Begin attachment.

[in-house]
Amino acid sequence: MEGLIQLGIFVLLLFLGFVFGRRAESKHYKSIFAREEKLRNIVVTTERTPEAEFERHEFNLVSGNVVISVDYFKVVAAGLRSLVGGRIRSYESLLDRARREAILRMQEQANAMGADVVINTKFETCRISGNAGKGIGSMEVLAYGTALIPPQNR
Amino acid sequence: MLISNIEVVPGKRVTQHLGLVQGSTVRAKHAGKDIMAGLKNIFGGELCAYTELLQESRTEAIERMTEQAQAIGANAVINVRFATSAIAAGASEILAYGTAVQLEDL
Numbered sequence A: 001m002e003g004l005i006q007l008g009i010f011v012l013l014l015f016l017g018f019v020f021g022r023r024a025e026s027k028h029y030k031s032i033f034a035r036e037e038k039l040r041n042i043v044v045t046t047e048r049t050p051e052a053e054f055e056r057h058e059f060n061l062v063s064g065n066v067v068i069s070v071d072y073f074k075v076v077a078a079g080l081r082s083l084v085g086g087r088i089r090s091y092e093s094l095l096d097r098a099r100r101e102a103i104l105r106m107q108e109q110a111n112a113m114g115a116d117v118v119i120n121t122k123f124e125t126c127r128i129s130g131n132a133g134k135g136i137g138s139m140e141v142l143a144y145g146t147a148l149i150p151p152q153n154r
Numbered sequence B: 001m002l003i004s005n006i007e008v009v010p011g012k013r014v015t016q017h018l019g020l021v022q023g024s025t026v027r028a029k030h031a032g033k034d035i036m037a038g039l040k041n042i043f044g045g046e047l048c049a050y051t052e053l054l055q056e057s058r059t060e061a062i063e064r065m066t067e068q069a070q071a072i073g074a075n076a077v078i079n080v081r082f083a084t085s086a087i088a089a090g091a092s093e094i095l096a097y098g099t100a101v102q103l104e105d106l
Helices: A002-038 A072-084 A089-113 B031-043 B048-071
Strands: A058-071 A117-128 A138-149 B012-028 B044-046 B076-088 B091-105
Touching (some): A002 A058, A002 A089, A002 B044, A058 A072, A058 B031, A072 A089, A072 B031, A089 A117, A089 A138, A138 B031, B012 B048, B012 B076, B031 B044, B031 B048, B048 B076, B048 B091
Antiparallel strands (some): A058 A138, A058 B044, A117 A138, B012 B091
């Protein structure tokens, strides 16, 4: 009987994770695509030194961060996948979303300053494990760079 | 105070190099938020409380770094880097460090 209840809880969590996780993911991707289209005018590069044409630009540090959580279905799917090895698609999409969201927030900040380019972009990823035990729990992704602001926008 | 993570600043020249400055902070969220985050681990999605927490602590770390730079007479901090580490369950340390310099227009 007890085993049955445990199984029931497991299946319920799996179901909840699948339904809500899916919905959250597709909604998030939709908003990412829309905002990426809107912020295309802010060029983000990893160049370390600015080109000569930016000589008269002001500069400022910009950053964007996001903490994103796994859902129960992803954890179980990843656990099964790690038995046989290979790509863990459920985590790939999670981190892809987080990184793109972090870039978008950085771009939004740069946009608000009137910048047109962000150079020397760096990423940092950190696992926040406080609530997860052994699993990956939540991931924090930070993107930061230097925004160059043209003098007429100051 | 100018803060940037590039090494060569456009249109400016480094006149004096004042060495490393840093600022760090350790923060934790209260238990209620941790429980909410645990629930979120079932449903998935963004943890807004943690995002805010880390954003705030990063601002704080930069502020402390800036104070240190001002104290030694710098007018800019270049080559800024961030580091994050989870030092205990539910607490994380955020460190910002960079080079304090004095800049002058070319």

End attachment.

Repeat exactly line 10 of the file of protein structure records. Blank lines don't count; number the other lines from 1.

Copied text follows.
């Protein structure tokens, strides 16, 4: 009987994770695509030194961060996948979303300053494990760079 | 105070190099938020409380770094880097460090 209840809880969590996780993911991707289209005018590069044409630009540090959580279905799917090895698609999409969201927030900040380019972009990823035990729990992704602001926008 | 993570600043020249400055902070969220985050681990999605927490602590770390730079007479901090580490369950340390310099227009 007890085993049955445990199984029931497991299946319920799996179901909840699948339904809500899916919905959250597709909604998030939709908003990412829309905002990426809107912020295309802010060029983000990893160049370390600015080109000569930016000589008269002001500069400022910009950053964007996001903490994103796994859902129960992803954890179980990843656990099964790690038995046989290979790509863990459920985590790939999670981190892809987080990184793109972090870039978008950085771009939004740069946009608000009137910048047109962000150079020397760096990423940092950190696992926040406080609530997860052994699993990956939540991931924090930070993107930061230097925004160059043209003098007429100051 | 100018803060940037590039090494060569456009249109400016480094006149004096004042060495490393840093600022760090350790923060934790209260238990209620941790429980909410645990629930979120079932449903998935963004943890807004943690995002805010880390954003705030990063601002704080930069502020402390800036104070240190001002104290030694710098007018800019270049080559800024961030580091994050989870030092205990539910607490994380955020460190910002960079080079304090004095800049002058070319």